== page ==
When I first came up to KL to stay, I lived in Wangsa Maju. Many foodies should know that it’s a heaven for food. Right smacked in front of my condominium is the infamous mamak, BRJ. There they serve truly delicious and sinful Nasi Lemak. More on that next time if I ever have the chance to go back for my true Nasi Lemak. But the sad thing is they don’t serve one of my favourite Indian cuisines, which is chapatti. Chapatti is an Indian flatbread made from atta flour(South Asian whole grain durum wheat flour).

Everytime I go to mamak, if I’m hungry (I never have this habit anymore to eat late at night), I would order chapatti. It is one of my favorite healthier options for a midnight snack. Chapatti is usually served with dhal, another favourite curry accompaniment of mine.

But now, lucky me, I have a nearby mamak which serves chapatti with thick and rich dhal. I would keep on ordering refill for the dhal. Nowadays, the “yum cha” session had toned down considerably, and even if we do go out, I seldom eat. Therefore, it has been quite some time since I have my chapatti fix. The only solution I can think of is to make my own!

Malaysia Chapati Recipe
Malaysia Chapati

Chickpea Chapatti

I came across this recipe from Zu’s Blog, to make simple and easy chapatti. The part I find most troublesome is the rolling out. I had quite a trouble because it kept on sticking to the table and to my rolling pin. Lessons I learn is, to use more flours to knead it after resting and then use hand to first flatten it. Our hands are the best tool to feel the right texture needed for the bread. After that, use the rolling pin to flatten it further. Each time turning it 90 degrees and flatten again, to achieve a better rounded shape. Careful not to roll to thin or you’ll end up with crispy biscuit like bread instead.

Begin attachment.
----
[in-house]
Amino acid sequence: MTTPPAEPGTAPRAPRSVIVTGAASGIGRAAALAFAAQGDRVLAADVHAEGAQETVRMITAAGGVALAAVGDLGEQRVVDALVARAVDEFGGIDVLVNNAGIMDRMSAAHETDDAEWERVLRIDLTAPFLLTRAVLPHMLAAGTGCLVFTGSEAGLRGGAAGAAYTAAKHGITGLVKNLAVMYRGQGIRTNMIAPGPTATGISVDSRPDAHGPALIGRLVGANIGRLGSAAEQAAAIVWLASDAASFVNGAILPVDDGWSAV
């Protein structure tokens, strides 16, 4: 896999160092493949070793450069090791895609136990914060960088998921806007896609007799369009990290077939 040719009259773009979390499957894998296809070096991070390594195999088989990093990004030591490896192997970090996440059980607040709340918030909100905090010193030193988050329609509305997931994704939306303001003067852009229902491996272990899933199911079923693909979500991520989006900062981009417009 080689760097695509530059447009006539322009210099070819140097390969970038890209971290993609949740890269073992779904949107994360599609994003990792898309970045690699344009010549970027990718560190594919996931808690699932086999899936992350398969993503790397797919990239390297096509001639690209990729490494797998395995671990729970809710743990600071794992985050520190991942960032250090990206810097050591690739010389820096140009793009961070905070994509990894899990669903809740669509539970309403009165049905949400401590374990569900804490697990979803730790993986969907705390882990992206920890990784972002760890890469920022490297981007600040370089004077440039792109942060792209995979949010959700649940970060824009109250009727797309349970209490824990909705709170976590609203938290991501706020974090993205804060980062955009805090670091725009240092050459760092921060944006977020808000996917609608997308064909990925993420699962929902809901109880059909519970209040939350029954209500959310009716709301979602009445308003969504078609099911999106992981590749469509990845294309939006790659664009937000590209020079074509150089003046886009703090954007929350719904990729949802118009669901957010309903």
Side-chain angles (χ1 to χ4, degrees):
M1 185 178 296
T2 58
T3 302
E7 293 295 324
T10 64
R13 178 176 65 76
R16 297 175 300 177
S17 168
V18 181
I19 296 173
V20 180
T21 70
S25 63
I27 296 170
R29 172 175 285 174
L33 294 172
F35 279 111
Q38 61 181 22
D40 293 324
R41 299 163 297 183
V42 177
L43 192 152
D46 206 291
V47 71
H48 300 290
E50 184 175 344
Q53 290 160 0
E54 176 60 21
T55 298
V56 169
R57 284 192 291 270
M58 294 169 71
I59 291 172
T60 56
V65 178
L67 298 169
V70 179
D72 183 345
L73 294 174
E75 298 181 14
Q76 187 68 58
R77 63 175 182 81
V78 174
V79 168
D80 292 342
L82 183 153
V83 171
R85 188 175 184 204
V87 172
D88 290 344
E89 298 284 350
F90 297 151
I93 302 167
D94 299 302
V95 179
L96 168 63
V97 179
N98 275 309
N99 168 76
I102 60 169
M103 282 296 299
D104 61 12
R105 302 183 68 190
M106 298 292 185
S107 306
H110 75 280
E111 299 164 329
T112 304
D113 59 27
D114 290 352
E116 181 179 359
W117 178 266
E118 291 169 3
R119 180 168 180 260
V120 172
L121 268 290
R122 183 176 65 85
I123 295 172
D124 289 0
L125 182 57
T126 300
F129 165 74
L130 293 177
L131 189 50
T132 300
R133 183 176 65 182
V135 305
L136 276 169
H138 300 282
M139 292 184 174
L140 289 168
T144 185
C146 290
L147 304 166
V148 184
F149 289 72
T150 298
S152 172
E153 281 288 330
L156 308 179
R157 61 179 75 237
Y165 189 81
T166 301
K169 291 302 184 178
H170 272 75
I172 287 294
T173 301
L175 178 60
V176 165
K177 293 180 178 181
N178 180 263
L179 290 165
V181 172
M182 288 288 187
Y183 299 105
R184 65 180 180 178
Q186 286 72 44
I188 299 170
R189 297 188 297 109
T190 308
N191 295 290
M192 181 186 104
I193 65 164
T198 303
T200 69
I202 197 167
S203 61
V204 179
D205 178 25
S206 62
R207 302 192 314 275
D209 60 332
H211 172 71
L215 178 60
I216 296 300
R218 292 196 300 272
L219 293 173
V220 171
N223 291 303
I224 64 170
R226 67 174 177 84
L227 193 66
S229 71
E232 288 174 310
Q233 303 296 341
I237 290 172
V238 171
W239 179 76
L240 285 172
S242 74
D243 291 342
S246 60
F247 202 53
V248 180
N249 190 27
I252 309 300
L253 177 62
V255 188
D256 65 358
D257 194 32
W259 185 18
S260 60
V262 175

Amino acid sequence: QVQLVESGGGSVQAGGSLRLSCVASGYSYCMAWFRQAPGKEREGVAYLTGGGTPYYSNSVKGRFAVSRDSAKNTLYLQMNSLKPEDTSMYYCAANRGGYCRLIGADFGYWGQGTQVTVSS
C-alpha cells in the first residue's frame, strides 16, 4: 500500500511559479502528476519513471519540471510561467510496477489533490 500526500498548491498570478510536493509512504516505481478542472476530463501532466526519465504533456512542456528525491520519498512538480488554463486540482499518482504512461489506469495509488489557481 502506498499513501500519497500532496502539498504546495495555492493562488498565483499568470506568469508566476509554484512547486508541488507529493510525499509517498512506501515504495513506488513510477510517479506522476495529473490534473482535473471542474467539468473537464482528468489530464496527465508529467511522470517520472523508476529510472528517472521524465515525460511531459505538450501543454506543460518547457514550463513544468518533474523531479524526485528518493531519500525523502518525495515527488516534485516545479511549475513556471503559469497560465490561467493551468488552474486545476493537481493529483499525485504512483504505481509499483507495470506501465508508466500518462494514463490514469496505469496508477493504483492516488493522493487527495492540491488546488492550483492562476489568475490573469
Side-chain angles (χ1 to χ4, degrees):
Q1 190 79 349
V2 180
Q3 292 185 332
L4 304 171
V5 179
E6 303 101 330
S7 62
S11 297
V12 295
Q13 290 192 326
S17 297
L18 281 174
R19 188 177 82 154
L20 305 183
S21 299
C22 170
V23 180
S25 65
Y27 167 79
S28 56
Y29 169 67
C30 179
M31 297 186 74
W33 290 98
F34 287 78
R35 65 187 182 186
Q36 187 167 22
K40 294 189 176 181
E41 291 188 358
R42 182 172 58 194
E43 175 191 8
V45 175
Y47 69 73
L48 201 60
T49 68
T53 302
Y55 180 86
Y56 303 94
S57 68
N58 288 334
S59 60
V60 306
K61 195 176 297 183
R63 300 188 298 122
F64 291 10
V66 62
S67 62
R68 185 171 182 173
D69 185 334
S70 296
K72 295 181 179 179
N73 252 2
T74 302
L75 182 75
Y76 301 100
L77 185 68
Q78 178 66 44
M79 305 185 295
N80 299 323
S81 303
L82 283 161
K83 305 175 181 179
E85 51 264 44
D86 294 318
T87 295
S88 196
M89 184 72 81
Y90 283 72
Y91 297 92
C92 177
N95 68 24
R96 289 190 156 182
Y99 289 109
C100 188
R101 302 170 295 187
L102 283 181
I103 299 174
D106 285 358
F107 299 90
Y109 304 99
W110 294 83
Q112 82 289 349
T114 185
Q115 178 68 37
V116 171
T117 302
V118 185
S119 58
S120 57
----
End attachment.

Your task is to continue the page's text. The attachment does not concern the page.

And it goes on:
One more thing is, I had replaced recipes ½ cup plain flour to make it all atta flour, and regretted it. The chapatti was slightly on the tough texture, and later I learnt that the plain flour is to make it softer. Next time I would stick to the right flour ratio. To coarsely grind the spices, I had used my good ol’ pestle and mortar, courtesy from my dear nanny.

1 1/2 cups atta flour
1/2 cup plain flour
1/2 tsp salt
2 tbsp olive oil)
1 cup warm water
1 cup chickpea, mashed (1/2 can)
1/2 tbsp coriander seeds, coarsely grind
1/2 tbsp cumin seeds, coarsely grind

1. Mix the flours and salt together
2. Add oil and water slowly into the flours and knead till it forms into dough
3. Add mashed chickpea, coriander and cumin and mix well
4. Rest the dough covered with cling wrap for 1-2hrs
5. Shape the dough into palm size and roll it out thin
6. Place rolled dough onto non-stick pan and cook till bubble forms. Turn over and cook.

Makes 8-10 chapattis.